I recently received a news release that explored an article written by Sue Shellenbarger on April 12th in The Wall Street Journal. The article explored the concept of office snacking and desk candy bowls. Do they help with morale or do they somehow sabotage your health? Let's start with the concept of what the food in this situation represents.
A snack on someone's desk invariably invites you to come and schmooze or visit, hang there a bit and "shoot the breeze;" loiter and visit or keep the desk on your moving pathway whenever you have reason to get up from your own desk and move about. After all, it's a lot more fun to get a food payoff when you are moving from point A to point B or just moving about. Science tells us that the sight or smell of treats triggers an impulse in most people to eat - whether or not they are actually hungry. A snack is supposed to be a "bridge between meals" but if you are grazing throughout the day on intermittent sweets, science tells us that you may be setting yourself up for a growing waistline, blood sugar highs and lows which can cause moodiness, lack of focus. Of course, constant snacking on processed sweets can put you at risk for conditions that will cost your employer lots of sick days.
You can probably convince yourself that these nibbles don't add up to much, that the movement you do during the day can easily burn them off, that if you exercise daily you can grab and nosh without weight gain. Not so, says this expert. Most of us sit far more than we move. And if you do exercise in the morning, it is usually not enough to create an energy balance, which means calories taken in equal calories burned, especially if you are grabbing small snacks a couple to many times a day. It's also important to remember that every processed morsel eaten spikes blood sugar, causing an insulin release and preventing your metabolism from needing to burn excess fat.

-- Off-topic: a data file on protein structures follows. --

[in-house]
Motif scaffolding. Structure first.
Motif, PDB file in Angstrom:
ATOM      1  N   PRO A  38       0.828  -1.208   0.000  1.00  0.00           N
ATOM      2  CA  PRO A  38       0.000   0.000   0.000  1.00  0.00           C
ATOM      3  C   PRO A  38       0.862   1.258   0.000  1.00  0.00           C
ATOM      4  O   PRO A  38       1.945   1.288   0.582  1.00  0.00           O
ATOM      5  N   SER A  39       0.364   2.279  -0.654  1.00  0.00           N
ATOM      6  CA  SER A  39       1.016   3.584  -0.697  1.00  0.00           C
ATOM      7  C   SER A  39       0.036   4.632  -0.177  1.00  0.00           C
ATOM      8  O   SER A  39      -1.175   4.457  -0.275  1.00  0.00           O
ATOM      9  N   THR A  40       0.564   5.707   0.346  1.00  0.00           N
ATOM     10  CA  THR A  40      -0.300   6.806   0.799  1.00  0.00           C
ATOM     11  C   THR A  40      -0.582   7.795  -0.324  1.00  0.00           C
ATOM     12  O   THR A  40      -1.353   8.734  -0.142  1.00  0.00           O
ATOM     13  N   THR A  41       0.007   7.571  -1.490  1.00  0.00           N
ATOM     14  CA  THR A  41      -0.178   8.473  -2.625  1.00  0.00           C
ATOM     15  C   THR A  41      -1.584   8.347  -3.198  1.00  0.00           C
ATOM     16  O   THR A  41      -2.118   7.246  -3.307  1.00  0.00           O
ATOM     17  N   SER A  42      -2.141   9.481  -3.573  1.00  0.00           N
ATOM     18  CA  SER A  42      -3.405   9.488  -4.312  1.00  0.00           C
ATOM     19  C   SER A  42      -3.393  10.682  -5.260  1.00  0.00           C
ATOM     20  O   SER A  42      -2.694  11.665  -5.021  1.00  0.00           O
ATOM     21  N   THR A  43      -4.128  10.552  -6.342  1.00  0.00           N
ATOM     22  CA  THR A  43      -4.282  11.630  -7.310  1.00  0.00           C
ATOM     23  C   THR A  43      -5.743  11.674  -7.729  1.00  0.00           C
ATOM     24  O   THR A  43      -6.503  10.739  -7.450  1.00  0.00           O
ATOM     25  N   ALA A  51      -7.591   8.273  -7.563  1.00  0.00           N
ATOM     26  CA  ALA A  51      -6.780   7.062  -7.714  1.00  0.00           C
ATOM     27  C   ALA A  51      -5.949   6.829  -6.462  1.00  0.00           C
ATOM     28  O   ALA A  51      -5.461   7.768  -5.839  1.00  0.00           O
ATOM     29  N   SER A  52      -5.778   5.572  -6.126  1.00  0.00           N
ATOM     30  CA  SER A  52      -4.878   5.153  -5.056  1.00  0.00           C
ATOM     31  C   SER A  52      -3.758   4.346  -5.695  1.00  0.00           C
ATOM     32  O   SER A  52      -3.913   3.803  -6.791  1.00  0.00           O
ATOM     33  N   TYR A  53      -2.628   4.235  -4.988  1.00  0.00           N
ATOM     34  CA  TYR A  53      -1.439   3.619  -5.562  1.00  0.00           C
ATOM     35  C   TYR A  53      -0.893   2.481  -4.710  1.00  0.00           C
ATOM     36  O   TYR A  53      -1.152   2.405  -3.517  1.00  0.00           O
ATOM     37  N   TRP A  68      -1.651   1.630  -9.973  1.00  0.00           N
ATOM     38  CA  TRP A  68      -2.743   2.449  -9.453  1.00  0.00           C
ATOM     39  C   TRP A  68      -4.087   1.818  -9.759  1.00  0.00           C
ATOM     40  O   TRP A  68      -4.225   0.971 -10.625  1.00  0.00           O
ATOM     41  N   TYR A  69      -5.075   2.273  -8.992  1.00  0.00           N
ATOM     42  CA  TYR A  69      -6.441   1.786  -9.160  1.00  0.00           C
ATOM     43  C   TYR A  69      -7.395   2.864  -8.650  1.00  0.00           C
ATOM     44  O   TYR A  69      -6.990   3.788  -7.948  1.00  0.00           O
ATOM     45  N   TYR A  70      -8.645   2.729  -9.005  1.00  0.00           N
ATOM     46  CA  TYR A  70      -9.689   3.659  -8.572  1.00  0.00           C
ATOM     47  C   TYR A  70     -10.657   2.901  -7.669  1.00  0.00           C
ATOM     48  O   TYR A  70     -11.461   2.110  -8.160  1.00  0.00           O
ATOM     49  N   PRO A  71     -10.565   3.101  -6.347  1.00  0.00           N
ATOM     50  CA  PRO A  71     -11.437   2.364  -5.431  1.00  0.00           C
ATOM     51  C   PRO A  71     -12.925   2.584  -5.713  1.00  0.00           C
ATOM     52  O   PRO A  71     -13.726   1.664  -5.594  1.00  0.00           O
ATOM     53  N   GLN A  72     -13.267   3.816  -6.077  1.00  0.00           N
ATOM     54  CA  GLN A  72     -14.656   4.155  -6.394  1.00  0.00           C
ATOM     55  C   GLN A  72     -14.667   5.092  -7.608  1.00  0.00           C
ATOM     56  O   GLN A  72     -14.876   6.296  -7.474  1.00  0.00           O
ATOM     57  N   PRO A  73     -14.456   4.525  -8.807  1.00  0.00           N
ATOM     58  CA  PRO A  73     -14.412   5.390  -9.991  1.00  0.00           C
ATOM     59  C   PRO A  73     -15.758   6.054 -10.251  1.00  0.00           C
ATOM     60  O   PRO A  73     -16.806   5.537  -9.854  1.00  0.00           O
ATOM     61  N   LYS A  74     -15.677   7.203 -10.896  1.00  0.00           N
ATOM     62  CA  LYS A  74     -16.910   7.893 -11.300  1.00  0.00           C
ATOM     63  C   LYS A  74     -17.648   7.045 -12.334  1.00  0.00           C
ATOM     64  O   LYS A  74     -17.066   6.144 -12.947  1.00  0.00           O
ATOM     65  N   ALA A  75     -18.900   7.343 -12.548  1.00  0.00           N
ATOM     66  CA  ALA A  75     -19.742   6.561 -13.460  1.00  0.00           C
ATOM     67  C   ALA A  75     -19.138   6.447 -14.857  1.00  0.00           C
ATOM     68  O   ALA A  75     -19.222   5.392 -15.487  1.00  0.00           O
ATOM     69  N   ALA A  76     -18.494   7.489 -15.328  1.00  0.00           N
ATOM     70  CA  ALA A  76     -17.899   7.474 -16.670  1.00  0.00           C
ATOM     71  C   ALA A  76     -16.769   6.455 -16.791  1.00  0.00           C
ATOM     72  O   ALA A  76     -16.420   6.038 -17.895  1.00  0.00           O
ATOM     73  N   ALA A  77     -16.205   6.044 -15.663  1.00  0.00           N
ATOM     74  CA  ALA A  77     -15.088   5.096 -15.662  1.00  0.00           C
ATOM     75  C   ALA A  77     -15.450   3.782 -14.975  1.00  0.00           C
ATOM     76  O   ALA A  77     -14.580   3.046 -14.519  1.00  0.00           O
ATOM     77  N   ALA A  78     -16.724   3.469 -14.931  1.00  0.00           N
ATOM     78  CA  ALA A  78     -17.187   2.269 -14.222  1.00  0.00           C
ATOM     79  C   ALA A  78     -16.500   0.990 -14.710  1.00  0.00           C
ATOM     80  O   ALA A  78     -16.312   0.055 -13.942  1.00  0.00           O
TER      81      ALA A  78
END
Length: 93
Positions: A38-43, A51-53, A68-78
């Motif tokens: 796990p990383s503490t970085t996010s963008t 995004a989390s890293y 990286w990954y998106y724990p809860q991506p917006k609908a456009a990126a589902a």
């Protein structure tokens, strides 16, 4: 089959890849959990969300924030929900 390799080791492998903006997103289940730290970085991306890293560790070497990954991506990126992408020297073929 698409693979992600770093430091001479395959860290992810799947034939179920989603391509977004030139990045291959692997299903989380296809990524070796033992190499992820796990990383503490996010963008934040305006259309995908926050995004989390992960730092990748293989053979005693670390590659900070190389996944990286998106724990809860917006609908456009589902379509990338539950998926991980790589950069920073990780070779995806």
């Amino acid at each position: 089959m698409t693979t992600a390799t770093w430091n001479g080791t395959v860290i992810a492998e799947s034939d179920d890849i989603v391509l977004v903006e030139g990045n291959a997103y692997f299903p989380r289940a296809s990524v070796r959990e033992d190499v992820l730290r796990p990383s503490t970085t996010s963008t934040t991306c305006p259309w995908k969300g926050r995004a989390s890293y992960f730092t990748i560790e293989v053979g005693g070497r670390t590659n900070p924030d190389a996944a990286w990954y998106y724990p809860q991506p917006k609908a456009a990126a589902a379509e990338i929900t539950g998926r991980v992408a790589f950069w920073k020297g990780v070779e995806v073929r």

Office workers and people in general need to realize how many processed foods they eat daily and how many times they consume servings of sugar. One expert in The Wall Street Journal article pointed out that the average person consumes upwards of 50 teaspoons (200 calories) of pure sugar daily. Imagine if the boss decided one day to put apple bowls on arbitrary desks all around the office perimeter. I call fruit "fast food" because it is easy to grab food that is ready to be eaten. So are hard boiled eggs and small containers of fat free yogurt. Of course those are a bit more perishable. So why not be brave and ask your boss to finance a "fruit bowl effort." He can start with his desk, your desk and the office kitchen. Make sure there's variety of color and that all fruits are washed.
Do you graze from office candy bowls all day long? Have you gained weight at your current job? would you like to see fruit bowls at work?
Published On: September 06, 2011